Home > Uncategorized > February 10 – Barbara Jordan

February 10 – Barbara Jordan

Back in my freshman year of college at the University of Texas (Hook ‘em!), the big news in town was that Robert Mueller Airport was being replaced by the Austin-Bergstrom International Airport. Kenny, my childhood friend / college roommate had a fascination with airports and was also taking a class taught by Larry Speck (the lead architect on the project), so of course we took a tour of the place before it opened. My initial impression of the place: Cool airport for a cool city… But who is Barbara Jordan, and why did they name a terminal after her??

My curiosity didn’t even survive the drive back to Dobie Dormitory, and embarrassingly, I didn’t know the answer to those questions until a few hours ago when I was researching topics for today’s BHM post… Better late than never, I suppose!

Barbara Jordan was born on Feb 21, 1936 in Houston, Texas to a minister and a domestic worker. As a young child, Jordan was a top student who excelled at debate and graduated in the upper 5% of her class. Post-high school, she had dreams of studying political science at UT Austin, but decided against it as the school was still segregated at the time. Instead, she attended Texas Southern University, studied Poli Sci and History, became a national champion debater, and graduated magna cum laude. Jordan then studied law at Boston University and graduated in 1959.

After a brief stint as a Poli Sci professor at Tuskegee, Jordan returned to Houston to start a law practice, and to pursue politics. She ran twice (in 1962 and 1964) for a seat in the Texas House of Representatives, and twice she failed. Then, in 1966, she earned a seat in the Texas Senate, becoming the first Black woman ever to do so. Despite racial obstacles and pressures, Jordan managed to accomplish quite a bit in just six short years, becoming:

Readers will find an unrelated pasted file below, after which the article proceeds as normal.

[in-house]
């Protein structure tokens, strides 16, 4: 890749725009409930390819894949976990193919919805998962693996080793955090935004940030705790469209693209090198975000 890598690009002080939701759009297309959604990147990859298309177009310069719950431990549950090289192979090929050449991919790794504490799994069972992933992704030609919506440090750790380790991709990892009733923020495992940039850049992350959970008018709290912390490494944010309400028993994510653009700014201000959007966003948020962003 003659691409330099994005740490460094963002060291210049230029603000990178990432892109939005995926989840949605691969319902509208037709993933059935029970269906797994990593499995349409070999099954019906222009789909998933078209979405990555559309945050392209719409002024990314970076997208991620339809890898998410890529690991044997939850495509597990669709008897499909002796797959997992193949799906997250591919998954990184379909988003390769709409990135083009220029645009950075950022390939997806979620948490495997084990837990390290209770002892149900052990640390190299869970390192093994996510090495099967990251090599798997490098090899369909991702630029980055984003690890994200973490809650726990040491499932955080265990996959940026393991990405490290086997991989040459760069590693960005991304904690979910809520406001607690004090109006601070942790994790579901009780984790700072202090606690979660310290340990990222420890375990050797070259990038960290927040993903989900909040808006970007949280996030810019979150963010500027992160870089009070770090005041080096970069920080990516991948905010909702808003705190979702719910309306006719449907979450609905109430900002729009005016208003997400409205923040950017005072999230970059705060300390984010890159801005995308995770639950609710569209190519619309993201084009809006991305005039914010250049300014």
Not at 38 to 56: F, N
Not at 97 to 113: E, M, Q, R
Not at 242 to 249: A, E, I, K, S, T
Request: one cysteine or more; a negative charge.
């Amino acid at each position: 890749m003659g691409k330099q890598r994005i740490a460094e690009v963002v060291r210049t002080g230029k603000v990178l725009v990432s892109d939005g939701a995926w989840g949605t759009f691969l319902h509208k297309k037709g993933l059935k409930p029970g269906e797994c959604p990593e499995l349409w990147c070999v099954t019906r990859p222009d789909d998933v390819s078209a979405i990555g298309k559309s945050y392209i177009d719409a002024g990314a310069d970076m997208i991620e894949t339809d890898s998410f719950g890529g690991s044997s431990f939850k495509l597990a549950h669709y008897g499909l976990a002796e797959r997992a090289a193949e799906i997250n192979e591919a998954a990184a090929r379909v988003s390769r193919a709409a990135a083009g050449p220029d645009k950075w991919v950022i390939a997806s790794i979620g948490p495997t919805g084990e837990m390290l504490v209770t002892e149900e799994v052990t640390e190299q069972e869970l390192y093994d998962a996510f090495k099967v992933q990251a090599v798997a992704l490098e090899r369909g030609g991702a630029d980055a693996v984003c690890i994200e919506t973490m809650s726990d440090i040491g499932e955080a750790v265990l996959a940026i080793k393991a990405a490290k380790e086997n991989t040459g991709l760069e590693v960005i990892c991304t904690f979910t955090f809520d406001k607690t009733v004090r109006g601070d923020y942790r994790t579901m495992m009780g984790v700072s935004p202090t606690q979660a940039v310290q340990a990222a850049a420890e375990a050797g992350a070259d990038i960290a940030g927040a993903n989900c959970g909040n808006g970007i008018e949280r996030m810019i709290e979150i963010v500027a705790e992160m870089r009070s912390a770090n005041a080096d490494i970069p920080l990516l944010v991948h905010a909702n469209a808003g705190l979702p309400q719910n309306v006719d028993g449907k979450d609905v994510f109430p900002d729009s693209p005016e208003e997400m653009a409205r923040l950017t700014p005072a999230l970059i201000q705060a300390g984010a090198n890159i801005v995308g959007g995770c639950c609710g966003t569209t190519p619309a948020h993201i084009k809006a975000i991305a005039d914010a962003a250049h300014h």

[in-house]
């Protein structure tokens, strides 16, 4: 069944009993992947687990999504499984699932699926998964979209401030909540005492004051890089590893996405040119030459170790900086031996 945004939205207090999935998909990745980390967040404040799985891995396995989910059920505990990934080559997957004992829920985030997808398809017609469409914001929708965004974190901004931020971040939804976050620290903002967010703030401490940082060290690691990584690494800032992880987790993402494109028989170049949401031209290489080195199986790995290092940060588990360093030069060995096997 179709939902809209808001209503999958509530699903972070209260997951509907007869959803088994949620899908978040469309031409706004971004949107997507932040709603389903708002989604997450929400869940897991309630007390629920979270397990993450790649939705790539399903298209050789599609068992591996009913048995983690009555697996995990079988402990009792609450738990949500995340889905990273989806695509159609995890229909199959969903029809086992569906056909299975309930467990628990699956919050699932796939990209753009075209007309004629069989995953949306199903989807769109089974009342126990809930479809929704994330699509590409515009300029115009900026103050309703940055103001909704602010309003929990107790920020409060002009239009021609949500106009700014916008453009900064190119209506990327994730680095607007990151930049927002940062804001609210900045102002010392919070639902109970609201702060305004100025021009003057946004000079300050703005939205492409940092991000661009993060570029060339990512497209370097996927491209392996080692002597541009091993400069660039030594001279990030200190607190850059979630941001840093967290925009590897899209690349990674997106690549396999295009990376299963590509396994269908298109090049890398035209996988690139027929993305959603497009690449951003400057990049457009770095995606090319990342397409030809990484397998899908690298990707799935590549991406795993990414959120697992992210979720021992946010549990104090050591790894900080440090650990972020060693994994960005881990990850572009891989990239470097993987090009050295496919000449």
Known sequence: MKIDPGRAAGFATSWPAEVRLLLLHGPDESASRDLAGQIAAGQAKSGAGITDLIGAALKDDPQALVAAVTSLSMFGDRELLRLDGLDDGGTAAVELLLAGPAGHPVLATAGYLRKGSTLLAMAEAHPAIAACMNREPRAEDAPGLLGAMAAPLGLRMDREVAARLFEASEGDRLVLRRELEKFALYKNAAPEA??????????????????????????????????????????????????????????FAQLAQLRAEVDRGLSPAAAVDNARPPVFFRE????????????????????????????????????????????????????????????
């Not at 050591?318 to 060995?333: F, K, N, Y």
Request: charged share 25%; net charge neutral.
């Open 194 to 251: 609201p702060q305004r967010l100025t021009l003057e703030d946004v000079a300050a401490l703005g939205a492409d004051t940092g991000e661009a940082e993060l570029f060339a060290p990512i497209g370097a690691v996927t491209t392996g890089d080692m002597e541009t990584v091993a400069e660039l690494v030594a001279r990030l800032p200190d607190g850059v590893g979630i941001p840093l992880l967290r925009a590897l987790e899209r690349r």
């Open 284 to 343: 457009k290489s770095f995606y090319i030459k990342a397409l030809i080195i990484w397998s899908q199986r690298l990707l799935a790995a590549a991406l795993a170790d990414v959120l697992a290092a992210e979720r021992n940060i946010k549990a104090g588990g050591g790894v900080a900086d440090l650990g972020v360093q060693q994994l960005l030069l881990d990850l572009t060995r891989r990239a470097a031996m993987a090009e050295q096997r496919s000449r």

• the first Black elected official to preside over the Senate
  • the first Black state senator to chair a major committee
  • the first freshman senator named to the Texas Legislative Council
  • the first Black female senator to be elected President Pro Tem of the Legislature.
  • And in 1972, she became the first Black woman ever elected to the US House of Representatives.

From 1966-1979, both as a State Senator and as a US Congresswoman, Jordan worked tirelessly on behalf of the poor, the disadvantaged, and minorities. In particular, she is remembered for increasing injured workers’ benefits through the Workman’s Compensation Act, and for expanding the Voting Rights Act of 1965 to eliminate unfair registration practices such as literacy tests, thereby preventing minority votes (especially those of Mexicans in Texas and other Southwestern states) from being excluded.

Jordan was close friends with President Lyndon Johnson, made a very strong and public statement at Nixon’s impeachment hearing, and at one point in her career, was even tapped as a potential running mate for Jimmy Carter’s presidential campaign. Unfortunately, in 1979, Jordan was forced to retire from politics due to complications with multiple sclerosis. With politics behind her, Jordan became a Professor of Public Affairs at the LBJ School of Public Affairs at the University of Texas.

Barbara Jordan died in 1996 of pneumonia. Upon her death, Jordan lay in state at the LBJ Library, and was then buried in the Texas State Cemetery… the first Black woman ever so honored.

thanks for reading,

francis

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